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Publication numberUS8193585 B2
Publication typeGrant
Application numberUS 12/608,586
Publication dateJun 5, 2012
Filing dateOct 29, 2009
Priority dateOct 29, 2009
Fee statusPaid
Also published asUS20110101425
Publication number12608586, 608586, US 8193585 B2, US 8193585B2, US-B2-8193585, US8193585 B2, US8193585B2
InventorsBernhard H. Grote, Vishnu K. Khemka, Tahir A. Khan, Weixiao Huang, Ronghua Zhu
Original AssigneeFreescale Semiconductor, Inc.
Export CitationBiBTeX, EndNote, RefMan
External Links: USPTO, USPTO Assignment, Espacenet
Semiconductor device with increased snapback voltage
US 8193585 B2
Abstract
Methods and apparatus are provided for fabricating a semiconductor device structure. The semiconductor device structure comprises a buried region having a first conductivity type, a first region having a second conductivity type overlying the buried region, a source region having the first conductivity type overlying the first region, and a drain region having the first conductivity type overlying the first region. The semiconductor device structure further comprises a second region having the first conductivity type overlying the buried region, the second region abutting the buried region to form an electrical contact with the buried region, and a first resistance configured electrically in series with the second region and the buried region. The combined series resistance of the first resistance and the second region is greater than a resistance of the buried region.
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Claims(20)
1. A semiconductor device structure comprising:
a buried region of semiconductor material having a first conductivity type;
a first region of semiconductor material having a second conductivity type overlying the buried region;
a source region of semiconductor material having the first conductivity type overlying the first region;
a drain region of semiconductor material having the first conductivity type overlying the first region, wherein at least a portion of the first region is between the drain region and the source region;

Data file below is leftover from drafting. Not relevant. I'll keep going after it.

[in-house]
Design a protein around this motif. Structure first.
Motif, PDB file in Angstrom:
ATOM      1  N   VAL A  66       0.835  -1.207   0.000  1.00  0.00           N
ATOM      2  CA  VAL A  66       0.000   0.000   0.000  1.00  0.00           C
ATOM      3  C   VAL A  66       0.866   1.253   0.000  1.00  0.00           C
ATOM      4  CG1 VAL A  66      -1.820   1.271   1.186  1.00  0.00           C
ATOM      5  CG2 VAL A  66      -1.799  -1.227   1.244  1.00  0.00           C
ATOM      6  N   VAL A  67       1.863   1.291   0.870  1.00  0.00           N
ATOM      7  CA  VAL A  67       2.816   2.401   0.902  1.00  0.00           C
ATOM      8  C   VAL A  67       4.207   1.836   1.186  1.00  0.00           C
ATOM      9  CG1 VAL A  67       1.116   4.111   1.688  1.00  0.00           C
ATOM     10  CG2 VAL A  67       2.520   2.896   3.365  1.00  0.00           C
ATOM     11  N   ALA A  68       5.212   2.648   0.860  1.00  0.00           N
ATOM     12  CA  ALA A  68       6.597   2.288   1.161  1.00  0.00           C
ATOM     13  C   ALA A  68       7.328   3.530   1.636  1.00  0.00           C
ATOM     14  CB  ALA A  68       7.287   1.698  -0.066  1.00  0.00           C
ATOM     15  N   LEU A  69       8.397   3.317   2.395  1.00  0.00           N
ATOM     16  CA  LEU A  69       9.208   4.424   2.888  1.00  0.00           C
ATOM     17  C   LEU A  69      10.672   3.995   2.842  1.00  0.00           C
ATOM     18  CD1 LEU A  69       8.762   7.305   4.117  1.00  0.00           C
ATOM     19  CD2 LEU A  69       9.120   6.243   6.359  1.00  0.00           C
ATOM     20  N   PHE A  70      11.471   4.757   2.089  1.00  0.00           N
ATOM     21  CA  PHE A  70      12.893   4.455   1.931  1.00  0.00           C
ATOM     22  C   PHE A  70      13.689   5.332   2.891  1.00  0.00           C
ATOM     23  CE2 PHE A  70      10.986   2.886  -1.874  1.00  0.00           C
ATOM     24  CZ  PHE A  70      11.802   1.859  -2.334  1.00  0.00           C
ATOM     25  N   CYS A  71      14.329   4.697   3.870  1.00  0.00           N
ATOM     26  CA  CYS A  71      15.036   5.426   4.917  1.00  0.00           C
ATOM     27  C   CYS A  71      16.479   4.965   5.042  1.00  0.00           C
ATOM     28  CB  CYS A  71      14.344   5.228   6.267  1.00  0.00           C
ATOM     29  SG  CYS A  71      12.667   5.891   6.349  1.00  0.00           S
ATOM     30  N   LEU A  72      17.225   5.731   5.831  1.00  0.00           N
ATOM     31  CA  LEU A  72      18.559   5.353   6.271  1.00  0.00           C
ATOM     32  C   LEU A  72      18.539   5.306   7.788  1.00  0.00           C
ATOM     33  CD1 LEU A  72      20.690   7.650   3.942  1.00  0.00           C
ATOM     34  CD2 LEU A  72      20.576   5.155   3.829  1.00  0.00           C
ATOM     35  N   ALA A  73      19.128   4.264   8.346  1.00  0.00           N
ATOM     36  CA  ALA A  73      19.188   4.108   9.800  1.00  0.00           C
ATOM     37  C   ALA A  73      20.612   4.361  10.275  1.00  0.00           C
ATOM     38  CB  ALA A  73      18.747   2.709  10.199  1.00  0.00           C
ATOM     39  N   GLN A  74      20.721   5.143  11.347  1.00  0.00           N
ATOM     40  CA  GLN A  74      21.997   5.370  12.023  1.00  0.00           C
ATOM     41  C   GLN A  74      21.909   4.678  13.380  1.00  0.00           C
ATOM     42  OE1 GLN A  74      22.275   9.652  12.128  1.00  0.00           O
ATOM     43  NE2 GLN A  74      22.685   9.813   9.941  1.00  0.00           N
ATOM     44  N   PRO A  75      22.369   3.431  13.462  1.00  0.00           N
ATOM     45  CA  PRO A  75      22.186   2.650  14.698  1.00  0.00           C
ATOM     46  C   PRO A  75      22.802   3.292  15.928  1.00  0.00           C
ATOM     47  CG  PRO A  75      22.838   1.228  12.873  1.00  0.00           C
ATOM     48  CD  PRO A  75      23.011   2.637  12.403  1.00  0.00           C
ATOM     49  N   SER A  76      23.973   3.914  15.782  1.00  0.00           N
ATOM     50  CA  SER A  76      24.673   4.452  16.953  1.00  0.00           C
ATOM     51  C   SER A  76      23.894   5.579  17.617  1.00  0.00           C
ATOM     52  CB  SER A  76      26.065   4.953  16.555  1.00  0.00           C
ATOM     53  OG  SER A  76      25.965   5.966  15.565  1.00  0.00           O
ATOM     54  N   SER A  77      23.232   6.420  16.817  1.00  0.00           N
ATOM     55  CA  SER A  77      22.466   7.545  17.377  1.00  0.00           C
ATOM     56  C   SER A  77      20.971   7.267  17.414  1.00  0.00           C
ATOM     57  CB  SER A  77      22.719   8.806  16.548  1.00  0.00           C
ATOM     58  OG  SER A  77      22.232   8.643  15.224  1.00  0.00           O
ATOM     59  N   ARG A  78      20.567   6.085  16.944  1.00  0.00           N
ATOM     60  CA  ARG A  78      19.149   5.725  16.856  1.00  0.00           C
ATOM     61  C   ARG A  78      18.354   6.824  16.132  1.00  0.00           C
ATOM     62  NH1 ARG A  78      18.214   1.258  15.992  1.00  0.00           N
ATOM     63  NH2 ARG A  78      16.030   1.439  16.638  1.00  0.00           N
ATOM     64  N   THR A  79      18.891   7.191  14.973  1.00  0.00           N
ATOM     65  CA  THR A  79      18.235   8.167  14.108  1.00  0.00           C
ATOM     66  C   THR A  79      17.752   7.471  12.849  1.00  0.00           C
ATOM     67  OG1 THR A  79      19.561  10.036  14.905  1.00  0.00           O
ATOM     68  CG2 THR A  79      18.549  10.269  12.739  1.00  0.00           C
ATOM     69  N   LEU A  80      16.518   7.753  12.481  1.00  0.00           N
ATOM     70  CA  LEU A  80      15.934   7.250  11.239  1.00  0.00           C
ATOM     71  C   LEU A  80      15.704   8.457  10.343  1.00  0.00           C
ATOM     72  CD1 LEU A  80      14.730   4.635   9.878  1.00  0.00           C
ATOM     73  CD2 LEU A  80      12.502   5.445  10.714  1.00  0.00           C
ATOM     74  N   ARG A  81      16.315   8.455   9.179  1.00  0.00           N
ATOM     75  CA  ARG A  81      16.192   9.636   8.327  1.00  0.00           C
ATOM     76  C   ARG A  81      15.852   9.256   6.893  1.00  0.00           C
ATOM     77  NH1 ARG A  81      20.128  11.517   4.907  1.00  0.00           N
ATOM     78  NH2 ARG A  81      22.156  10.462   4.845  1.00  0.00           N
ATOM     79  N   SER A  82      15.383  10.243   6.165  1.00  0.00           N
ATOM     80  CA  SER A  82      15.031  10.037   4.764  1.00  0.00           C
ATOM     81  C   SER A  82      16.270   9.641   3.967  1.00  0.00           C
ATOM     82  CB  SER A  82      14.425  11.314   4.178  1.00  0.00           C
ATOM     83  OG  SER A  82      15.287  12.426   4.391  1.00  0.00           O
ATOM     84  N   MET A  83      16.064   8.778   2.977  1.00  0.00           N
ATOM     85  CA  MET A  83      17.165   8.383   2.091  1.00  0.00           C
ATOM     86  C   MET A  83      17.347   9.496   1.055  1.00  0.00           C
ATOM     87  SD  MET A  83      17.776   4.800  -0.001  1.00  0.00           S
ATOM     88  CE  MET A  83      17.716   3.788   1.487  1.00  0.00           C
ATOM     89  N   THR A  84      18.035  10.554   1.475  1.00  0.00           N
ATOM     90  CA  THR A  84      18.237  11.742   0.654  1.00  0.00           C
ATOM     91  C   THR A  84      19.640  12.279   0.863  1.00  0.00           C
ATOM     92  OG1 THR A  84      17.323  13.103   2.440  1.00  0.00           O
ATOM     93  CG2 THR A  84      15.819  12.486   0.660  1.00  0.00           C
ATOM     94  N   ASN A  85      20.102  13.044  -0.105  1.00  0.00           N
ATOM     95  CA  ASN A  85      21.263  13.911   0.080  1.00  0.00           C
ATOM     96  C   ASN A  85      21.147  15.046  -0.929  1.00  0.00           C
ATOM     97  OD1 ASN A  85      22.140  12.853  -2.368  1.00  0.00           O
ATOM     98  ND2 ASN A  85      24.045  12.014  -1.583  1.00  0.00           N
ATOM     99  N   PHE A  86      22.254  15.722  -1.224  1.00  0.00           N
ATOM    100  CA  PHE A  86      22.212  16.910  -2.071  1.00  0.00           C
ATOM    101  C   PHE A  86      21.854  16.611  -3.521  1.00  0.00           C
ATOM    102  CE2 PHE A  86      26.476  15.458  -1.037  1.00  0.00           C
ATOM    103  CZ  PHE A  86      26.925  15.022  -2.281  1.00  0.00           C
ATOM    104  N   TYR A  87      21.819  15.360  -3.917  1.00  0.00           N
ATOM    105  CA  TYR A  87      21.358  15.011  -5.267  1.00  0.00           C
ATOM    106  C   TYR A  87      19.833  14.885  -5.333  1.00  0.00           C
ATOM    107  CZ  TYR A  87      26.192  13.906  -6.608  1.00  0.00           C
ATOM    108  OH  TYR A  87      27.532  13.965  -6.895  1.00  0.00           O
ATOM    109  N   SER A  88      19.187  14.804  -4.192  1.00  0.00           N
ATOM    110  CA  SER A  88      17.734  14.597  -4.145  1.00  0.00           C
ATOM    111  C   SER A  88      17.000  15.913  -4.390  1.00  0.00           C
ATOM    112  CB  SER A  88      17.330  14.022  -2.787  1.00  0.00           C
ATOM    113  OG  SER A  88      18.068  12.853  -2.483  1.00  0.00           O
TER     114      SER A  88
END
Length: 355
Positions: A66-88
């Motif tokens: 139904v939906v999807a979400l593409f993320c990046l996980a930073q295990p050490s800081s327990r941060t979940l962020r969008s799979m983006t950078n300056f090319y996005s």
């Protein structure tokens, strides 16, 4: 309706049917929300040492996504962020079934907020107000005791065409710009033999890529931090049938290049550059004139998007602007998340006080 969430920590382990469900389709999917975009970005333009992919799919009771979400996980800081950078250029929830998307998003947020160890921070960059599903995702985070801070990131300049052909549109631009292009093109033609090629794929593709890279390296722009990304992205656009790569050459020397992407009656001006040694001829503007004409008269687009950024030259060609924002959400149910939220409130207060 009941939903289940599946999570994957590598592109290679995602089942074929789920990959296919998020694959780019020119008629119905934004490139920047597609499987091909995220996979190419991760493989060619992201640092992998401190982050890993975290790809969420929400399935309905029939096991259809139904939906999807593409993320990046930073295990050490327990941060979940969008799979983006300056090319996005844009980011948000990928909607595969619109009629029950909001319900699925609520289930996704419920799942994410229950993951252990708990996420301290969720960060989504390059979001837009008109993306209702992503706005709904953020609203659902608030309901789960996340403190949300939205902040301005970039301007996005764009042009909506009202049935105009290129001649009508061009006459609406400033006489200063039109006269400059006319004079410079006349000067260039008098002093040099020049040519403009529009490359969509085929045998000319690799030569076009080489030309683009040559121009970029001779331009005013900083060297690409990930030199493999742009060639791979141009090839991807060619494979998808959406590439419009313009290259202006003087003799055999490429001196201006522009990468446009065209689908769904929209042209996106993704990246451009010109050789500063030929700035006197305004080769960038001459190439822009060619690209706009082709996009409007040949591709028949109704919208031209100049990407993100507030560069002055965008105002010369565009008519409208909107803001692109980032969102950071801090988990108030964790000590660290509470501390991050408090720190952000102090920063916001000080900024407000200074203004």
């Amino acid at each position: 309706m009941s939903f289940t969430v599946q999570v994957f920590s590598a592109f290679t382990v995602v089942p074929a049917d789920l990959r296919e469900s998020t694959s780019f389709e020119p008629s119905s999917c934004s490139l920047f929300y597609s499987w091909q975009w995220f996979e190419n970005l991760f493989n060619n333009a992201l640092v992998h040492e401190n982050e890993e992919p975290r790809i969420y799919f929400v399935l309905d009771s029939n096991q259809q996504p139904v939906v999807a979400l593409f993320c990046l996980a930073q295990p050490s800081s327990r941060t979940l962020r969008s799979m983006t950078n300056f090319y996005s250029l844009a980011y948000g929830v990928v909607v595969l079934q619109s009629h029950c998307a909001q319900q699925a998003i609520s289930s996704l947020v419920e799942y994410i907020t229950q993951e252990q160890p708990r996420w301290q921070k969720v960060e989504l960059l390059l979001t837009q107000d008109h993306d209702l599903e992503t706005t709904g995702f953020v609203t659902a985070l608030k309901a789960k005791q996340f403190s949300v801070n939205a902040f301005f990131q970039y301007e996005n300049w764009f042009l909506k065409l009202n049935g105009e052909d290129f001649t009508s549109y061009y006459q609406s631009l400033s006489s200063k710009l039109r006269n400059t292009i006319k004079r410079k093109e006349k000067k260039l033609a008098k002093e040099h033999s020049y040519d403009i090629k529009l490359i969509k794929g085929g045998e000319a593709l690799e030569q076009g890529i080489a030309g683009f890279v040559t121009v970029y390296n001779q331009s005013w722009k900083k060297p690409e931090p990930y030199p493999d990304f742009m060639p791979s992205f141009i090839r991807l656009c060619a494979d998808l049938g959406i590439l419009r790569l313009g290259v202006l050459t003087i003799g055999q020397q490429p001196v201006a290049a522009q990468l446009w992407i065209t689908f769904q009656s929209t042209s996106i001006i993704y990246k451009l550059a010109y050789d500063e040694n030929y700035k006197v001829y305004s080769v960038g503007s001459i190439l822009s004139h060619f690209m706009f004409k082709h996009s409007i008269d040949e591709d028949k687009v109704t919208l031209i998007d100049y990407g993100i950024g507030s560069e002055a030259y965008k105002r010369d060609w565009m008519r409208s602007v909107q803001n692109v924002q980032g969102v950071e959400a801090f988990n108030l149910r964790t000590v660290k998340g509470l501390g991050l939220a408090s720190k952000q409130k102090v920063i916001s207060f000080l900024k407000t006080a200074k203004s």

a second region of semiconductor material having the first conductivity type overlying the buried region, the second region abutting the buried region to form an electrical contact with the buried region; and
a first resistance configured electrically in series with the second region and the buried region, wherein a combined series resistance of the first resistance and the second region is greater than a resistance of the buried region.
2. The semiconductor device structure of claim 1, wherein a combined series resistance of the first resistance, the second region, and the buried region is greater than a resistance of the drain region.
3. The semiconductor device structure of claim 1, wherein a combined series resistance of the first resistance, the second region, and the buried region is greater than an on-resistance between the drain region and the source region.
4. The semiconductor device structure of claim 3, wherein the combined series resistance of the first resistance, the second region, and the buried region is within a range of about 100 ohms to 1 megohm.
5. The semiconductor device structure of claim 3, wherein the combined series resistance of the first resistance, the second region, and the buried region is greater than the on-resistance by at least a factor of three.
6. The semiconductor device structure of claim 1, wherein the first resistance comprises a resistive region of semiconductor material having the first conductivity type abutting the second region to form a second electrical contact with the second region.
7. The semiconductor device structure of claim 6, the second region having a first dopant concentration and the resistive region having a second dopant concentration, wherein the first dopant concentration is greater than the second dopant concentration.